As a service to the public and fellow news junkies, we transcribed Snowden's SXSW conversation today. For the Inside live blog, including video clips, click here.
Ben Wizner: Okay. I think we’ll get started. There wasn’t a lot of applause when we came on stage. I guess you are here to see somebody else. My name is Ben Wizner I’m joined by my colleague Chris Soghoian from the ACLU. And maybe we can bring up on screen the main attraction.
Edward Snowden: Hello.
Ben: With his very clever green screen. Please bear with us today. The technology may have some kinks. The video may be a little bit choppy. Our friend is appearing through seven proxys so if the video is a little slow - you are joining us for the event that one member of Congress from the great state of Kansas hoped would not occur. He wrote to the organizers of SXSW urging them to rescind the invitation to Mr. Snowden. The letter included this very curious line, “The ACLU would surely concede that freedom of expression for Mr. Snowden has declined since he departed American soil.” Now no one disputes that freedom of expression is stronger here than there but if there is one person for whom that is not true, it’s Ed Snowden. If he were here in the United States he would be in a solitary cell subject to special administrative measures that would prevent him from communicating to the public and participate in the historic debate that he helped launch. We are really delighted to be here.
One more bit of housekeeping as I’m sure most of you know you can ask questions for Mr. Snowden on Twitter using the hashtag asksnowden some group of people back stage will decide which of these questions we see here and will try to leave at least 20 minutes or so for those questions.
As I said, Ed Snowden’s revelations and courageous journalism of people like Bart Gellman who you heard and Glen Greenwald, Poitras and others has really launched an extraordinary global debate. You might think of that debate as occurring over two tracks. There is a debate in Washington in the halls of power about law and policy about what democratic controls we need to rein in NSA spying. That takes place in courts that are considering the legality, the constitutionality of these programs in the legislature considering legislation. There is a very different conversation that you hear in conference rooms in technology companies. Particularly among people working on security issues. And those people are talking less about the warrant requirement for meta data and more about why the hell the NSA is systematically undermining common encryption standards that we all use. Why is the NSA targeting telecommunications companies, internet companies, hacking them to try to steal their customer data. Basically manufacturing vulnerabilities to poke holes in the communication systems that we all rely on. We are hoping to mostly focus on that latter conversation here and with that in mind, Ed, if you’re with us maybe you could say a few words about why you chose for your first public remarks to speak to the technology community rather than say the policy community in Washington.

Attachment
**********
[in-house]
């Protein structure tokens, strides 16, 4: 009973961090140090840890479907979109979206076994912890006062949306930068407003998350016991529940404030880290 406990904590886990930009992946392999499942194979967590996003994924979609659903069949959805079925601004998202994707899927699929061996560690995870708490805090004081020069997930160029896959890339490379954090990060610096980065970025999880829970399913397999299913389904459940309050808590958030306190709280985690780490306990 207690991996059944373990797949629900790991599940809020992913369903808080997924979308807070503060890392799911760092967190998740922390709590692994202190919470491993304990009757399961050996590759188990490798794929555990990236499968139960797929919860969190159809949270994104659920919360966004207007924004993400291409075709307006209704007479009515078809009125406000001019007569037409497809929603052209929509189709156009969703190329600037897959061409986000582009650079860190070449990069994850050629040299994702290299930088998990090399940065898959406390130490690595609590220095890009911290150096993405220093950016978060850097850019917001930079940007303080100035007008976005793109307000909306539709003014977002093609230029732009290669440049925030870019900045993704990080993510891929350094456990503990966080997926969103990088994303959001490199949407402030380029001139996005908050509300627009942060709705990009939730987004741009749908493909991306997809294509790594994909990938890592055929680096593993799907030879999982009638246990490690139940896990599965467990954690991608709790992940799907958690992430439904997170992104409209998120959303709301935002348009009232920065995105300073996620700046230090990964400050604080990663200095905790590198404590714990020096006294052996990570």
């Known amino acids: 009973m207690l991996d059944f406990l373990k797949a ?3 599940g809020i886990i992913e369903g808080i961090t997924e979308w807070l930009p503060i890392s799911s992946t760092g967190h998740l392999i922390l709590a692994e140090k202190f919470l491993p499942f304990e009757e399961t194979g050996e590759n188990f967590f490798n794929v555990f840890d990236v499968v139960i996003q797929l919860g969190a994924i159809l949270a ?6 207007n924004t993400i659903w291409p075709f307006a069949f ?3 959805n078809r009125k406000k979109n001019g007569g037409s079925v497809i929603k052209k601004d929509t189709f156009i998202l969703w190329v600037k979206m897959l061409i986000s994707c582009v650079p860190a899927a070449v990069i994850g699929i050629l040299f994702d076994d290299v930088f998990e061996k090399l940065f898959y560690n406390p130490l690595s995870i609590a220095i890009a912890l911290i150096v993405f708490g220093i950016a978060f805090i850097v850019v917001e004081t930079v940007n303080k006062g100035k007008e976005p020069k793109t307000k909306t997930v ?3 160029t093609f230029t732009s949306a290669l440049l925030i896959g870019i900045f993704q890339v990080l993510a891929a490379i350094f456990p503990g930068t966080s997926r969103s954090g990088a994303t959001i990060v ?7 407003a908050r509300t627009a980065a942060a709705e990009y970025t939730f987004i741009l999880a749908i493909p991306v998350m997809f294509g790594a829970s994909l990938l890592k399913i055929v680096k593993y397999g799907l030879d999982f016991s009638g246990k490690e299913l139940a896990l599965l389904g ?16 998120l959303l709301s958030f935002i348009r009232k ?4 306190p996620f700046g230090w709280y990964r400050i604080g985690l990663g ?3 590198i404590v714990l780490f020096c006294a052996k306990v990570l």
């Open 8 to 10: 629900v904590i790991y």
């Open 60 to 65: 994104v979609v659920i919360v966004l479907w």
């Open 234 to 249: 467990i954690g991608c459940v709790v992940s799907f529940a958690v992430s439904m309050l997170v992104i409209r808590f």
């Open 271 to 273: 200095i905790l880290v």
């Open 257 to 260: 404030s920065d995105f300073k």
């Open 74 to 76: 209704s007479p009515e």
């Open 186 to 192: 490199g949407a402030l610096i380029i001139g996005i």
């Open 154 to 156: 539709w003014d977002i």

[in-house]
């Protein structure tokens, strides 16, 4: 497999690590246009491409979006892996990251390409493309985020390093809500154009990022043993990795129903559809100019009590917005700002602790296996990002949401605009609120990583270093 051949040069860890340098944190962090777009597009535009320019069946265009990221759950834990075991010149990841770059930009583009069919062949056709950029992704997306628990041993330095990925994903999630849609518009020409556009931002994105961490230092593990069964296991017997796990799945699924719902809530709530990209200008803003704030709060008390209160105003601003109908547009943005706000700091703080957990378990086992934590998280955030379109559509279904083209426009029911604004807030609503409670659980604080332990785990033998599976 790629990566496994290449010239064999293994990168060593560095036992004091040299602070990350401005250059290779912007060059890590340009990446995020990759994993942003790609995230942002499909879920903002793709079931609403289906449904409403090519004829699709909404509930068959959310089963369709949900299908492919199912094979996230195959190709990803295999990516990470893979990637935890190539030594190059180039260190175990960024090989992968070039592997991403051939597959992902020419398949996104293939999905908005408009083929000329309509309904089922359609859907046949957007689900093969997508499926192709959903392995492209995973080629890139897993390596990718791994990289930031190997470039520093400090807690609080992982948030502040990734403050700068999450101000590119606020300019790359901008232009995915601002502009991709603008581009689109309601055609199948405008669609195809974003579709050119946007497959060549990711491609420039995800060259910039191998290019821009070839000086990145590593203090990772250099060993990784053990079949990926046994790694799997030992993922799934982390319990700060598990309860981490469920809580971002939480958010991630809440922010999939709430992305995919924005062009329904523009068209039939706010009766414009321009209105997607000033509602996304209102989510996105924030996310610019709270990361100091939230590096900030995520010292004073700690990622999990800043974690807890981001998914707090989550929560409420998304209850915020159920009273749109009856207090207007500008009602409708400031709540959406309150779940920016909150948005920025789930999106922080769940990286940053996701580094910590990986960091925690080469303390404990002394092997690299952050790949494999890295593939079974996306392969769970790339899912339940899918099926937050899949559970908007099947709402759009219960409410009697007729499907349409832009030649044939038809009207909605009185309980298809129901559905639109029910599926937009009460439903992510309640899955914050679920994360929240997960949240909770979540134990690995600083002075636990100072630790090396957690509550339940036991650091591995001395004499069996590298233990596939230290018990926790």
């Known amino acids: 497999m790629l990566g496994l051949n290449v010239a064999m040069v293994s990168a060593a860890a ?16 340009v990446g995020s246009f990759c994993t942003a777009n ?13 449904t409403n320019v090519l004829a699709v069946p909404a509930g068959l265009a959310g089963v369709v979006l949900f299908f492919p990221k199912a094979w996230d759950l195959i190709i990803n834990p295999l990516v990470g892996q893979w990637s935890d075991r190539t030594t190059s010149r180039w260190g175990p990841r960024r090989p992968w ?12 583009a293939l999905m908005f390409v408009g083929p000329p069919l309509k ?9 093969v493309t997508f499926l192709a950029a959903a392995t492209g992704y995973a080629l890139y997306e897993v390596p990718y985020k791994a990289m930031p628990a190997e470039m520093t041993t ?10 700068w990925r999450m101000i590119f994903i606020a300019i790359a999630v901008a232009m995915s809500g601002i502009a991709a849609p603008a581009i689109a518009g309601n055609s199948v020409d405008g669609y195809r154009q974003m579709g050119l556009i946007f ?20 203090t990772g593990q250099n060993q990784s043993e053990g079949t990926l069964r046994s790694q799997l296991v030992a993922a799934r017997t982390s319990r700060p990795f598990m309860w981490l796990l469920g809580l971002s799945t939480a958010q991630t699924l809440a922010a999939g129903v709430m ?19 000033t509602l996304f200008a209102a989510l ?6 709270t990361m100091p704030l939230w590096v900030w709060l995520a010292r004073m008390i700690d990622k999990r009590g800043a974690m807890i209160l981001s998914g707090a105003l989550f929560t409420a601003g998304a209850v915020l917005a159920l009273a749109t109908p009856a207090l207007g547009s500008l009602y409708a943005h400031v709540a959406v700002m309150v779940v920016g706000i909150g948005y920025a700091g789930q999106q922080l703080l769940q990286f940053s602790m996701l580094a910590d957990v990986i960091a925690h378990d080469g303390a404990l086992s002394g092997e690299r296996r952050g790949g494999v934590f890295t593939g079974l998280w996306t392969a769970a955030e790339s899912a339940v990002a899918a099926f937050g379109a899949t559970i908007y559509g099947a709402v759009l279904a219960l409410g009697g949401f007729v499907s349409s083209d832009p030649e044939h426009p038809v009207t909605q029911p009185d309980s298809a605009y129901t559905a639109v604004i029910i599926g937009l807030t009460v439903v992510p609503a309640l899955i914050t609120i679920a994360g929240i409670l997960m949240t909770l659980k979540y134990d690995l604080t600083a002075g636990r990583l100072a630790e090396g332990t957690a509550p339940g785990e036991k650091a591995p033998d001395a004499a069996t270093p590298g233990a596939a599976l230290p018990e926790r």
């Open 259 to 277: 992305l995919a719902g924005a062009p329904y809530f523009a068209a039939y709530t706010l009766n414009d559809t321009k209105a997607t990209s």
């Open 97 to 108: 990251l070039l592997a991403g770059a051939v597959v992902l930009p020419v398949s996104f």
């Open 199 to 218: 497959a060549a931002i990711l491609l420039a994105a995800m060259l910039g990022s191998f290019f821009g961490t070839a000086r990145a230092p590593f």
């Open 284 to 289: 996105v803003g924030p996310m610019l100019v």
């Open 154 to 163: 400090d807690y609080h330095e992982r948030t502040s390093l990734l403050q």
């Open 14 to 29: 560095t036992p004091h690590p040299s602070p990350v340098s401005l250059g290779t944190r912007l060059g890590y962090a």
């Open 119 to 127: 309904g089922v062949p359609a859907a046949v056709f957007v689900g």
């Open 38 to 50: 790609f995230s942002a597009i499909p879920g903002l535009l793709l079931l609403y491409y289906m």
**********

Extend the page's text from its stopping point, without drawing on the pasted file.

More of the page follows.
Ed: Well, thank you for the introduction. I will say SXSW and the technology community - people who are in the room in Austin they are the folks that really fix things who can enforce our rights for technical standards. Even when Congress hadn’t yet gotten to the point of creating legislation to protect our rights in the same manner. When we think about what is happening at the NSA for the past decade ________ the result has been an adversarial internet. Sort of global free fire zone for governments that is nothing that we ever asked for. It is not what we want. It is something that we need to protect against. We think about the policies that have been advanced the sort of erosion of ______amendment protections the proactive seizure of communications. There is a policy response that needs to occur. There is also a technical response that needs to occur. It is the development community that can really craft the solutions and make sure we aresafe.
The NSA the sort of global mass surveillance that is occurring in all of these countries. Not just the US it is important to remember that this is a global issue. They are setting fire to the future of the internet. The people who are in this room now you guys are all the firefighters and we need you to help us fix this.
Ben: You heard Ed say the NSA offensive mass surveillance the manufacturing of vulnerabilities is setting fire to the future of the internet. Do you want to comment on that?
Chris: Sure. So many of the communications tools that we all rely on are not as secure as they could be. Particularly for the apps and services that are made by small companies and small groups of developers security is often an afterthought if it is a thought at all. And really what that has done is enable global passive surveillance by the US but by other governments too. What I think has been the most lasting impression for me from the last eight months is the fact the real technical problems the NSA seems to have are not how do we get people’s communications but how do we deal with the massive amount of communication data that we are collecting. The actual collection problem doesn’t seem to be a bottleneck for the NSA. That is because so many of the services that we are all relying on are not secure by default. I really think for this audience one of the things we should be thinking about and hopefully taking home is we need to lock things down. We need to make services secure out of the box and that is going to require a rethink by developers. It is going to require the developers to start to think about security early on rather than later on down the road.